The wildfires raging across millions of miles in California have remained the subject of headlines for months now, a significant feat considering the cataclysmic year 2020 has proven itself to be. The duration and severity of the disaster has only increased, as the fires continue to claim more land and lives.
Initially starting in early May, this most recent surge of wildfires has already broken records. 3.2 million acres of land have been burned up and down California in just five months compared to the 10.8 million acres burned over the last 10 years.
For decades, as fires worsened, California has relied on the help of the “California Conservation Camp Program,” which allows prisoners from surrounding areas to help support state and local emergency services when they are overwhelmed. All inmates are willing volunteers for the program, and all receive the same entry level training that the professional California firefighters receive before starting the job. The training usually involves initial attack, mop up, and fireline construction, all physically demanding and often life-threatening tasks.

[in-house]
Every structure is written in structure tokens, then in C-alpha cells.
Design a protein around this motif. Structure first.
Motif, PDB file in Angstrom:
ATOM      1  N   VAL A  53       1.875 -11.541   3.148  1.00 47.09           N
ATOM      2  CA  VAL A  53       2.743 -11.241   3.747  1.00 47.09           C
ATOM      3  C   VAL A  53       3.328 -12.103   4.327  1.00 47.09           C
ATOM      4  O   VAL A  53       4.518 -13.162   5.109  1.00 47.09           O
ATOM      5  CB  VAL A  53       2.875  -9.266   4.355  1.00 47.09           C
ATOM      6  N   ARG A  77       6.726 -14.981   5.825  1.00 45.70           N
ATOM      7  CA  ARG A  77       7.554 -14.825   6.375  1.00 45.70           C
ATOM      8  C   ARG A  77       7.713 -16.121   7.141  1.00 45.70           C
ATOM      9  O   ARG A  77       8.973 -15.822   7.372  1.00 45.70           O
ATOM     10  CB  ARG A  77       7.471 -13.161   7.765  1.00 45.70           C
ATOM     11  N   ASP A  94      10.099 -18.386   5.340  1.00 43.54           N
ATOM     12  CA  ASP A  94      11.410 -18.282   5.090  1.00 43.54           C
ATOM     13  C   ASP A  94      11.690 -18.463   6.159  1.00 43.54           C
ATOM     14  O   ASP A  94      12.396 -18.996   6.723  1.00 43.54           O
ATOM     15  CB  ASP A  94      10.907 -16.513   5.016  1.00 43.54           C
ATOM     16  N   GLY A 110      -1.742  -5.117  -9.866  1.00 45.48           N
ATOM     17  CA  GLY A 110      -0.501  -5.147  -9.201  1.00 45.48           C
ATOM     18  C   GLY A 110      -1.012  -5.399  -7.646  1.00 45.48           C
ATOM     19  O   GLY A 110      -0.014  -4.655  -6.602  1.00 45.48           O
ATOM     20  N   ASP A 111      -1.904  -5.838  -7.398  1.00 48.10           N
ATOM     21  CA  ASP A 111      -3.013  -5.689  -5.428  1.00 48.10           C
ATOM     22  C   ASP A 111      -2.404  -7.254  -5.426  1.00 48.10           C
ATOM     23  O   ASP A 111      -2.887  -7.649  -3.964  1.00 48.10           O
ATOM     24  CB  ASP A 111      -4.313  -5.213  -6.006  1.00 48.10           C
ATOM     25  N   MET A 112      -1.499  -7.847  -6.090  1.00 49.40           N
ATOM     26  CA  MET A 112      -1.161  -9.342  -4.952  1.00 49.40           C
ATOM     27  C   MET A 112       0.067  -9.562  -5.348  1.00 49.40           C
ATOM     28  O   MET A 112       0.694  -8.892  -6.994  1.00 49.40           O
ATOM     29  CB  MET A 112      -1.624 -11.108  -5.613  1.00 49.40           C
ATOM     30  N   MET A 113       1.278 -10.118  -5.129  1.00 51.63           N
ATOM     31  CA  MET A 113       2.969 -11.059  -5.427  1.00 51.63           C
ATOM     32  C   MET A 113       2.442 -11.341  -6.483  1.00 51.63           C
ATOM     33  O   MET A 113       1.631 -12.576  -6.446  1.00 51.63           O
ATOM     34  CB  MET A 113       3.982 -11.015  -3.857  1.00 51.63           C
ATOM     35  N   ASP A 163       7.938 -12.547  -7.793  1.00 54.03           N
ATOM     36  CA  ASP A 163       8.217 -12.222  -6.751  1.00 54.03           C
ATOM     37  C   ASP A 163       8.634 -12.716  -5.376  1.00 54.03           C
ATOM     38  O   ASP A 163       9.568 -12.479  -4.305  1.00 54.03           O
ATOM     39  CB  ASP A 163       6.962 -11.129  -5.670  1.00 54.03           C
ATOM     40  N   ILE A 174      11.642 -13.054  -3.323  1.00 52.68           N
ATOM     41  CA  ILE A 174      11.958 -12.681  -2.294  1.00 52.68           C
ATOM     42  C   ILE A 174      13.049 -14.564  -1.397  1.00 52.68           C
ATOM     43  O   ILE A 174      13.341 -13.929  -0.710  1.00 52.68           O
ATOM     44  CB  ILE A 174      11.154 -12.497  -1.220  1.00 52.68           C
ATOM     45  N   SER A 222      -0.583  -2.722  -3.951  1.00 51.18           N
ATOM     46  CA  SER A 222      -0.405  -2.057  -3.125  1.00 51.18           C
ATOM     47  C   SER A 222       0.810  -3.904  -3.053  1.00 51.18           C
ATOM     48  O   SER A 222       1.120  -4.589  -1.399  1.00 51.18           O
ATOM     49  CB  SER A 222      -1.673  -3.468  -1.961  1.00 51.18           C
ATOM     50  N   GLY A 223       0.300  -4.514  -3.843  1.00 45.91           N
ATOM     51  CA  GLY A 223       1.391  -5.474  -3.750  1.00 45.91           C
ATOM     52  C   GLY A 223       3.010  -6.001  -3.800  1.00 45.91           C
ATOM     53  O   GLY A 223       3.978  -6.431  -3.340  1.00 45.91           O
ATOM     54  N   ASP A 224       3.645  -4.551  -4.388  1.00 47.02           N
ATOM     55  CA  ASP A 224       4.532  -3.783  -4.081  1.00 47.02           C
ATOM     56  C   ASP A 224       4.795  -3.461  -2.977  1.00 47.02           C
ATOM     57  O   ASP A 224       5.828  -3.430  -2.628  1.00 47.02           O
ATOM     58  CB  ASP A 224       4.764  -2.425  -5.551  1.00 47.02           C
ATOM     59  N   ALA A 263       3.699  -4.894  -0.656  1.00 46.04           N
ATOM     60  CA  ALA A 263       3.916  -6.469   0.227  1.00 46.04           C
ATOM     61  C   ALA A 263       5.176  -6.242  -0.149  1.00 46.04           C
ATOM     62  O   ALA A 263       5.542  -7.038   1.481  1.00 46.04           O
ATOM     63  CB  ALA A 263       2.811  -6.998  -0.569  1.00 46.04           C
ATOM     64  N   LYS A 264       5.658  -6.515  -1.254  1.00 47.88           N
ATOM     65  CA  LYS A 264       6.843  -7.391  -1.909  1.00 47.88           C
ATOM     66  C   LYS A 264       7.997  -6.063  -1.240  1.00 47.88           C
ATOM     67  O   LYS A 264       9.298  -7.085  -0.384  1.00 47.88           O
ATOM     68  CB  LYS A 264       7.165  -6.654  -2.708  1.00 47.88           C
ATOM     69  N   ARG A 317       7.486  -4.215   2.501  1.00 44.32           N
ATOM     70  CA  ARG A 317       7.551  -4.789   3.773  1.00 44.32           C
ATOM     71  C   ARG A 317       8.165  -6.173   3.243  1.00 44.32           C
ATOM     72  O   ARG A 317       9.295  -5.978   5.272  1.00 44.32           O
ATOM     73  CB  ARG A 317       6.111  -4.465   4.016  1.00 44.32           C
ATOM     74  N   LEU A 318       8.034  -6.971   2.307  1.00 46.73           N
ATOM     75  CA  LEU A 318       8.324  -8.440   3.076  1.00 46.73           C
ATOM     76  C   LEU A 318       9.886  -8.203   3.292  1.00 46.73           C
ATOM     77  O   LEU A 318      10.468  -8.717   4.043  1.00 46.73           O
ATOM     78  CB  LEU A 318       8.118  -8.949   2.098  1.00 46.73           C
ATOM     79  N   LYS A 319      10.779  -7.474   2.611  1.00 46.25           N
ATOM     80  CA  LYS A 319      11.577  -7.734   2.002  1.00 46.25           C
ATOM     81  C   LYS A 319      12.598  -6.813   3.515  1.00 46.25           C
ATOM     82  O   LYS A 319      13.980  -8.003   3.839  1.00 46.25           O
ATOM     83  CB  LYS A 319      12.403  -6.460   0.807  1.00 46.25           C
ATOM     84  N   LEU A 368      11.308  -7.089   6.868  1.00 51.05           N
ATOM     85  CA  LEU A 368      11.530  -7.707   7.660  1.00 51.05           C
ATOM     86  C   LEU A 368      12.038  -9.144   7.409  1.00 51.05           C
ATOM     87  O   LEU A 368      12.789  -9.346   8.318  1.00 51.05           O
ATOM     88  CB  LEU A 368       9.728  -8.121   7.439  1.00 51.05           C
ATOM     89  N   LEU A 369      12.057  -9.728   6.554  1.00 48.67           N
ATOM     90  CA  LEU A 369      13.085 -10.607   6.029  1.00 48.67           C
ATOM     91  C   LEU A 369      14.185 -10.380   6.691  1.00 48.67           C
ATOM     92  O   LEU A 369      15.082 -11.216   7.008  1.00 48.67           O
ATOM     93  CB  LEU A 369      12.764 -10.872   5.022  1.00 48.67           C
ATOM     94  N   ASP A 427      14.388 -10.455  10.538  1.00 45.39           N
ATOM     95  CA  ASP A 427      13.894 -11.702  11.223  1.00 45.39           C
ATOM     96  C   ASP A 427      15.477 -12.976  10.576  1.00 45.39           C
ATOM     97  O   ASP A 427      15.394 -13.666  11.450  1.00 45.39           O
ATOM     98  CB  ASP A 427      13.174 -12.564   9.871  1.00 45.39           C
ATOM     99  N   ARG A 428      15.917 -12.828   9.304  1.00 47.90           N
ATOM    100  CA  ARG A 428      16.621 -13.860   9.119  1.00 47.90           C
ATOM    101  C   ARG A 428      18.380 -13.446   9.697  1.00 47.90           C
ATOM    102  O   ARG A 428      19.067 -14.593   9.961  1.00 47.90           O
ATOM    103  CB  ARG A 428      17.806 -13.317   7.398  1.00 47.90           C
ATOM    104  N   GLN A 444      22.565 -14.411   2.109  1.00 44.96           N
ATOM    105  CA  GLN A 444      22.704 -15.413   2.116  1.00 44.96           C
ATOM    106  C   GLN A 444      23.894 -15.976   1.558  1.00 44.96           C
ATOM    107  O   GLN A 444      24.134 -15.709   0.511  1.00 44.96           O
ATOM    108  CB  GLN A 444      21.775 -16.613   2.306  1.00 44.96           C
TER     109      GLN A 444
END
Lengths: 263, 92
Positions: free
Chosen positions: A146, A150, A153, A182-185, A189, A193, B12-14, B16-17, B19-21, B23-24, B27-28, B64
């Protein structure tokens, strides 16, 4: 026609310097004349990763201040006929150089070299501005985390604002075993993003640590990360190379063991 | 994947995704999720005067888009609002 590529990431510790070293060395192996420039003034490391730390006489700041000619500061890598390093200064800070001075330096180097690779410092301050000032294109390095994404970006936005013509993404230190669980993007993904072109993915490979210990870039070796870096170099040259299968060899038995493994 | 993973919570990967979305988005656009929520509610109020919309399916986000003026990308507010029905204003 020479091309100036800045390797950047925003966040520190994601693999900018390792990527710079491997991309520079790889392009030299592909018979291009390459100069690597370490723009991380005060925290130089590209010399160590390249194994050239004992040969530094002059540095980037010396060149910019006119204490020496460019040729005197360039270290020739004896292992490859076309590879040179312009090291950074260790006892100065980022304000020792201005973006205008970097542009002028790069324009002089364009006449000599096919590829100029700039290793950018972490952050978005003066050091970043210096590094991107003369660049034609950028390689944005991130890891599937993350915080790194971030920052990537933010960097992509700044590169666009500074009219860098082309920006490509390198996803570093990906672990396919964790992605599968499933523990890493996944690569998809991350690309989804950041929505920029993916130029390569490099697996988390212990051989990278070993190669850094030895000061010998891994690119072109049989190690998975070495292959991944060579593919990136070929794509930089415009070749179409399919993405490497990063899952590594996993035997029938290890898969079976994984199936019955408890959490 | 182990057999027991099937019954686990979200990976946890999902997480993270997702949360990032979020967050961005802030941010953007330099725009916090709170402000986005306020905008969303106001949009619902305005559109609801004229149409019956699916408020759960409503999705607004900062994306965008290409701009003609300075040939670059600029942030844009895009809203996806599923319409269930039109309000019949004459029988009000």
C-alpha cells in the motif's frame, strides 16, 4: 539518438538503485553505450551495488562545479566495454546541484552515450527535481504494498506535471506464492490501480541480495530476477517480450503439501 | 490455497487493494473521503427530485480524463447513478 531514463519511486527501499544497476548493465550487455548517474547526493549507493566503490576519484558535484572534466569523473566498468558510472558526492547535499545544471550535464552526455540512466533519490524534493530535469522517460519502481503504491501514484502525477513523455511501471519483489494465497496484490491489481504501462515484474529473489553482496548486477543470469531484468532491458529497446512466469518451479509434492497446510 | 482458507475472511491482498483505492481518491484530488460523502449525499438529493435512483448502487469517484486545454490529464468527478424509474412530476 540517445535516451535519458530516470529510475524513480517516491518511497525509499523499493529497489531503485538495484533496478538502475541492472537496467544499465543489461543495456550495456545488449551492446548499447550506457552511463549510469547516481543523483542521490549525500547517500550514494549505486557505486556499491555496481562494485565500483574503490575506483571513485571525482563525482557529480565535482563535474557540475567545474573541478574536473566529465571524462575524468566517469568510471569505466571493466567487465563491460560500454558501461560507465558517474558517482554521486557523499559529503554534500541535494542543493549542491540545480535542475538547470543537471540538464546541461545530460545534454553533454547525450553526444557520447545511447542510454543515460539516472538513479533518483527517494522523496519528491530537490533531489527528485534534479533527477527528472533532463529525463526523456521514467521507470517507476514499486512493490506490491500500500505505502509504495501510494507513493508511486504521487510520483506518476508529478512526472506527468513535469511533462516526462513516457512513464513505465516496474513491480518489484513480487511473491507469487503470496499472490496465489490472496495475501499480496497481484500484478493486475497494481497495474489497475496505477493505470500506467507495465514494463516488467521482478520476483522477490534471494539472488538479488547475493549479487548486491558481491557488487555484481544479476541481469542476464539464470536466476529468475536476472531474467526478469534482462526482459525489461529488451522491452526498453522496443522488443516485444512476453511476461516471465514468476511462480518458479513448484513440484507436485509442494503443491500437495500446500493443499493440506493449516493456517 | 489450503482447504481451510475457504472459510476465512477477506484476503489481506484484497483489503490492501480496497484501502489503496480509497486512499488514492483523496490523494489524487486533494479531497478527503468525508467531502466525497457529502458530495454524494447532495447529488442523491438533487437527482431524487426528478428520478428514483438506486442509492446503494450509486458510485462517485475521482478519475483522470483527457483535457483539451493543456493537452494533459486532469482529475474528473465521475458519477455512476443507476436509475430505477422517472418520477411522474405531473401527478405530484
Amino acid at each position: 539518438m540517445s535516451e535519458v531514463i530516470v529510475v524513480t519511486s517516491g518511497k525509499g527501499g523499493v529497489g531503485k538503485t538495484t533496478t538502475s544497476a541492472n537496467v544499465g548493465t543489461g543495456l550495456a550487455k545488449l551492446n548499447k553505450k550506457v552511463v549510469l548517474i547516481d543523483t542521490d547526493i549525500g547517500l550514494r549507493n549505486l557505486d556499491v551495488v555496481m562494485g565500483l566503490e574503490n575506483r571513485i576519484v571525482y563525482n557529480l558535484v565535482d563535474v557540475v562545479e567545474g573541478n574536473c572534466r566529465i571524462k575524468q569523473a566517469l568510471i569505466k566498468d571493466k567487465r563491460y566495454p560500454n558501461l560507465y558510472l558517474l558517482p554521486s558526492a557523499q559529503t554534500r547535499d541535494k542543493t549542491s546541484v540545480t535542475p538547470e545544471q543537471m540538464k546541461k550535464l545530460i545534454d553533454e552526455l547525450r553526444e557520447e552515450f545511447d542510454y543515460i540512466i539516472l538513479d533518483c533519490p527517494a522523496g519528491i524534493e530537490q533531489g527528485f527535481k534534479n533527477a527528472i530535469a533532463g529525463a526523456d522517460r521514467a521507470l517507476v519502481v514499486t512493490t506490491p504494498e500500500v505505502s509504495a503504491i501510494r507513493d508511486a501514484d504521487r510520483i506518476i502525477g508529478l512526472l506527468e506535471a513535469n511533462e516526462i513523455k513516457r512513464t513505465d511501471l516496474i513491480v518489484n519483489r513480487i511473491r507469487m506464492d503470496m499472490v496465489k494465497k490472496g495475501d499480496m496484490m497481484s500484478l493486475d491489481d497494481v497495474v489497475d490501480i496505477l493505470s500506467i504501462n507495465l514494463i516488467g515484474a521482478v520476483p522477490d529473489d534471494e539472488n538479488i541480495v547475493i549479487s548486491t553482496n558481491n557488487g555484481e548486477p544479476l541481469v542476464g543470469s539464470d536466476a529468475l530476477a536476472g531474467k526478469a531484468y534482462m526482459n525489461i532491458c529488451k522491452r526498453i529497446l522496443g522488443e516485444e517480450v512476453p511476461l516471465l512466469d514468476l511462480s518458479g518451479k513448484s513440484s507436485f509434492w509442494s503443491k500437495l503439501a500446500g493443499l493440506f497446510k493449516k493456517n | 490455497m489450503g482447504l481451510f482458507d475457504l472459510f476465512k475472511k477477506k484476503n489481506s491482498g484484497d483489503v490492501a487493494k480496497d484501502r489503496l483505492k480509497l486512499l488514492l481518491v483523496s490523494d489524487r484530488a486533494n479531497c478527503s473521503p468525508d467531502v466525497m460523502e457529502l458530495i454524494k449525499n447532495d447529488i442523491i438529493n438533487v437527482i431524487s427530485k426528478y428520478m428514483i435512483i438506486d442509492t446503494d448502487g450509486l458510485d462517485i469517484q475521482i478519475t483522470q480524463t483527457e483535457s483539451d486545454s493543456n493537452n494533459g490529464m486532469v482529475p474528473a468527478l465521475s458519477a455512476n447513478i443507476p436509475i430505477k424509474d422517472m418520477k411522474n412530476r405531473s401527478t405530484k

The use of inmate labour to help with emergencies can be traced back to 1915, when similar stations called “road camps” were created. 30 years later, the first permanent camp was established, which grew and evolved into what is now recognized as a federal program. Not much has changed about the conservation camps, but California continues to see rapid and irreversible change on the climate front. These negative climate developments were projected to lead to more frequent and intense fires in the near future, causing experts to believe that the current resources and plans implemented may not be sufficient without significant alterations to the global response to climate change. Miriam Stodolsky, a sophomore at CRLS and member of the Environmental Action Club, warns, “The fires will get much worse, and at the same time, California will be dealing with increased desertification, drought, earthquakes, and even an influx of climate refugees.” We are starting to see the consequences of the warmer climate sooner than expected. When fires first surged, California officials were quick to call on the help of inmates to combat the flames, but even in addition to the abundance of emergency services enlisted, there was still an early shortage of firefighters. This is in part due to COVID-19—insufficient resources in overflowing prisons forced officials to start heavy on the deployment of volunteers in an attempt to create space and prevent spread of the virus. Ms. Kathleen Fitzgerald, a civics teacher at CRLS, believes these inmates should never have been part of the solution in the first place. She explains, “Our government ought to look at the root issues of the wildfires, which has to do with climate change, and start there. Human beings ought not be at the disposal of the government to labor in response to its failed policies.”